Your donation to the Great Wisconsin Birdathon supports projects funded by the Bird Protection Fund of the Natural Resources Foundation of Wisconsin. The Bird Protection Fund was created in 2009 to provide critical support for projects that advance bird conservation across Wisconsin, focusing on the bird species that are most imperiled. Through direct donations, fundraising field trips, and the Great Wisconsin Birdathon, the Bird Protection Fund has raised more than $1 million for bird conservation and research. Learn more about the 2020 priority projects below.
Bird City Wisconsin has recognized over 100 communities across Wisconsin that excel at putting birds first. From installing nest boxes to promoting green space, native plant gardens, educational programs, and festivals, these communities are engaging in serious efforts to address the decline of urban birds and make communities more bird friendly. Recently Bird City Wisconsin helped the Milwaukee Bucks make their FISERV Forum the world's first bird-friendly sports arena.
This project aims to increase Wisconsin’s populations of the federally endangered Piping Plover by monitoring current breeding populations, protecting breeding and nesting sites, artificially incubating eggs, and creating additional nesting habitat. In 1948, only one pair of Piping Plovers was found in Wisconsin. Thanks to your support, 26 plover chicks fledged in 2019.
The Wisconsin Bird Conservation Partnership is using funds from the Bird Protection Fund to hire an Important Bird Areas Coordinator to evaluate the status and condition of Wisconsin's 93 Important Bird Areas (IBA). The initial goal is to identify threats, opportunities, and potential partners for the IBAs, and to prioritize 5-15 of them for habitat restoration and enhancement, getting to work on creating and enhancing critical bird habitat.
Led by the Whooping Crane Eastern Partnership, conservation partners are working hard to reintroduce Whooping Cranes to Wisconsin. This partnership raises captive whooping crane chicks and then releases them near a wild adult pair that will ‘adopt’ the young birds and teach them the migratory route south. The Bird Protection Fund supports the work of the International Crane Foundation on this critical reintroduction effort.
The Western Great Lakes Bird and Bat Observatory monitors waterbirds migrating over Lake Michigan and its shoreline, an area previously not well studied. The Bird Protection Fund supports their research, which will help inform future decisions that will impact Wisconsin’s migratory birds, such as offshore wind energy development, harvest quotas for waterfowl, and future management actions.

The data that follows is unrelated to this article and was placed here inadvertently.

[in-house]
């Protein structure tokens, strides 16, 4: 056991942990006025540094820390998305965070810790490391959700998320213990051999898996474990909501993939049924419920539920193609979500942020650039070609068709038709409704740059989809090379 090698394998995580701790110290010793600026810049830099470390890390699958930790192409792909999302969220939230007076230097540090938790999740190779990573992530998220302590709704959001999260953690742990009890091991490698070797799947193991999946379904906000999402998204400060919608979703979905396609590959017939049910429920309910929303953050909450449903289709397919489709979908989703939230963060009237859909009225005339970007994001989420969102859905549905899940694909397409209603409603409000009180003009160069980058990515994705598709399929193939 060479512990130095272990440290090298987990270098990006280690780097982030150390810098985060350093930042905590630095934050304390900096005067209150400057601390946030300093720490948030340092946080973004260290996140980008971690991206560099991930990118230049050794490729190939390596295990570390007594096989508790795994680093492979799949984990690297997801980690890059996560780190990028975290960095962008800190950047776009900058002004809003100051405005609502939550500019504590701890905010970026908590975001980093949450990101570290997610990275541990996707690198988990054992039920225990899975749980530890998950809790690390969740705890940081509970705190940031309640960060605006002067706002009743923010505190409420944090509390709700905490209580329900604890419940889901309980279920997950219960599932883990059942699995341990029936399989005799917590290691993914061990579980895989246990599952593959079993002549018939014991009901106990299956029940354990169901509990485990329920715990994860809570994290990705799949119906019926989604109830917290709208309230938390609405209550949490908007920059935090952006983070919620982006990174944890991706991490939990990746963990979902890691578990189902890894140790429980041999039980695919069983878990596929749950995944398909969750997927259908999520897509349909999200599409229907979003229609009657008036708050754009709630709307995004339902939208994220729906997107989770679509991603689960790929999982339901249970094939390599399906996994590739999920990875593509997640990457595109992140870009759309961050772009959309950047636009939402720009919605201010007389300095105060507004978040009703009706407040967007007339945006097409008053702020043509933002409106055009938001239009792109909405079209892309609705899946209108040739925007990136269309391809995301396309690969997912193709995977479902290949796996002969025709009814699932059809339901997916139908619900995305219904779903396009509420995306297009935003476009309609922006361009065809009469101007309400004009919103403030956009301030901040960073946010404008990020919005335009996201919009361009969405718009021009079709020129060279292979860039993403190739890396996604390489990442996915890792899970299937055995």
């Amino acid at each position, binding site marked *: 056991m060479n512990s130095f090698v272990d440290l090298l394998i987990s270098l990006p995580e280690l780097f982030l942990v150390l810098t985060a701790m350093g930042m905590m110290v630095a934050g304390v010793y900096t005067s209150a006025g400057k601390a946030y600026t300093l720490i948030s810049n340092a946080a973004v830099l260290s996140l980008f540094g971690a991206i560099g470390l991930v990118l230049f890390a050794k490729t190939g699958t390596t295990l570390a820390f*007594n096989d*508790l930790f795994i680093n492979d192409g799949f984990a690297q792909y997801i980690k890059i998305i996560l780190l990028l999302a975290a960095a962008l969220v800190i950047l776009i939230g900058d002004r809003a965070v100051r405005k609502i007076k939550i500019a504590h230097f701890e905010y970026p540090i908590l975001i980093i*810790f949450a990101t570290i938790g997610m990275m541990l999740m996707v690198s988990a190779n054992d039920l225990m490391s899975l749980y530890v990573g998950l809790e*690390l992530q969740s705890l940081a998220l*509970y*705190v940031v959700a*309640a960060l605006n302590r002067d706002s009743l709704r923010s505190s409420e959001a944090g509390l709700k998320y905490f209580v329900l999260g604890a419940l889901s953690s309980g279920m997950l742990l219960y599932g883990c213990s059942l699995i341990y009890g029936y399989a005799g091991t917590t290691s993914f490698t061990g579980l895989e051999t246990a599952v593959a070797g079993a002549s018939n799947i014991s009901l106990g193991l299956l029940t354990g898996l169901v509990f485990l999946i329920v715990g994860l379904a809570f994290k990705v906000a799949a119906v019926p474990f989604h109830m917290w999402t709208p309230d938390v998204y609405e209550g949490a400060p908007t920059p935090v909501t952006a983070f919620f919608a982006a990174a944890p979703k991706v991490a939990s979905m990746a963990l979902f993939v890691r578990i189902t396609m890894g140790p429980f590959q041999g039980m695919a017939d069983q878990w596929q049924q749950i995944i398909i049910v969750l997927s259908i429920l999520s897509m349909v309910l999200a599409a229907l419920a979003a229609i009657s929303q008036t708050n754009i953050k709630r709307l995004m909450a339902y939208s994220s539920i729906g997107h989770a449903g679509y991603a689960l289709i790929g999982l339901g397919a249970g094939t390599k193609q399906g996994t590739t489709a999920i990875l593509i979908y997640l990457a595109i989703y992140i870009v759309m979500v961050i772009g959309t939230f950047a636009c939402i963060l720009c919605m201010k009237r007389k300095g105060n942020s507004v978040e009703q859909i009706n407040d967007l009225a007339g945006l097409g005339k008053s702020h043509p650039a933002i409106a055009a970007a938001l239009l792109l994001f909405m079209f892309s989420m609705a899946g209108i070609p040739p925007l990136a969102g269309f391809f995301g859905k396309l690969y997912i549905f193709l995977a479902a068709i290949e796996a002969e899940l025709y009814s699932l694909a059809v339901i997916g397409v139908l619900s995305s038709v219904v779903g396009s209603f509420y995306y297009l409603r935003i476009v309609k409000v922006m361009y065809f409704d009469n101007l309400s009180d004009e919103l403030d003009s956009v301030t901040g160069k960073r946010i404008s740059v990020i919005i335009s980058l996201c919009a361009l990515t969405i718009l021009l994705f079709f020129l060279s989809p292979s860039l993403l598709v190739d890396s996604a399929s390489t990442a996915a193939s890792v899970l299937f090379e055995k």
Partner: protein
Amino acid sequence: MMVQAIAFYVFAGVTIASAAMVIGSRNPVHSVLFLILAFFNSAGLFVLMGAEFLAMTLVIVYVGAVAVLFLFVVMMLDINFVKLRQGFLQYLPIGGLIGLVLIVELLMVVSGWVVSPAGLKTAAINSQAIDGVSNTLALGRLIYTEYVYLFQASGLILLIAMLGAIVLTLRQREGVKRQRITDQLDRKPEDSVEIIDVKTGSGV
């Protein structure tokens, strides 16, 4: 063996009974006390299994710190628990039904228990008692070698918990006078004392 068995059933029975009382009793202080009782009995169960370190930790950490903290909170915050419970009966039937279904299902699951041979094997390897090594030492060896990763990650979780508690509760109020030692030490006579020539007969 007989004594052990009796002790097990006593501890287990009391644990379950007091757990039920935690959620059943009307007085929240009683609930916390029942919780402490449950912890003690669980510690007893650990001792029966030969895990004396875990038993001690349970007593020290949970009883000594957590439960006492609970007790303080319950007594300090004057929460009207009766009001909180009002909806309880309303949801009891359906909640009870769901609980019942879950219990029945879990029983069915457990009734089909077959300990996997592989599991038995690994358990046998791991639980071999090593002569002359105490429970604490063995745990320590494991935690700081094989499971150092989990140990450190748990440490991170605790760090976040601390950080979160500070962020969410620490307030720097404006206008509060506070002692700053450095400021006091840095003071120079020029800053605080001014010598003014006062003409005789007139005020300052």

This project is a comprehensive 5-year field survey that documents birds breeding in Wisconsin, to providea picture of bird populations across the state and inform conservation and management decisions for Wisconsin’s birds. The Bird Protection Fund provided funding for bird surveyors to complete survey sections across Wisconsin, helping to fill in the research gaps Among the many important finding from this project was that Mississippi Kites and Glossy Ibis were documented breeding for the first time ever in Wisconsin.
This project of SELVA – a nonprofit in Colombia – and the Cornell Laboratory of Ornithology is working to identify critical migratory stopover regions and habitats in Central and South America. New stopover sites will be identified and mapped, and mist-netting and radio-tracking of birds will determine how they use these sites. The results of these studies will be used to develop conservation plans for migratory stopover in the region, critical to saving migration for Wisconsin’s birds.
Funding from the Bird Protection Fund provided seed money for American Bird Conservancy to establish a revenue-generating endowment at the Natural Resources Foundation to provide permanent support for Wisconsin’s populations of the state endangered Kirtland's warbler. The Kirtland's warbler is what biologists call a “conservation dependent species”, meaning they are dependent upon human management to sustain and grow its population. This new endowment will support ongoing habitat management, population monitoring, threat reduction, and research, ensuring Wisconsin’s populations of Kirtland’s warblers endure.
The Kirtland's warbler, a state endangered species, requires very specific habitat and has a restricted geographic range. The Bird Protection Fund supports nest monitoring and other critical research and habitat management activities that protect this management-dependent species. From 11 known individuals in 2007, the Wisconsin population has grown to 51 adults and at least 42 young fledged in 2018.
Photo credits: Whooping Cranes by D. Z. Johnson; Kirtland's Warbler banding by Lindsay Renick-Mayer; juvenile Glossy Ibis by Jack Bartholmai.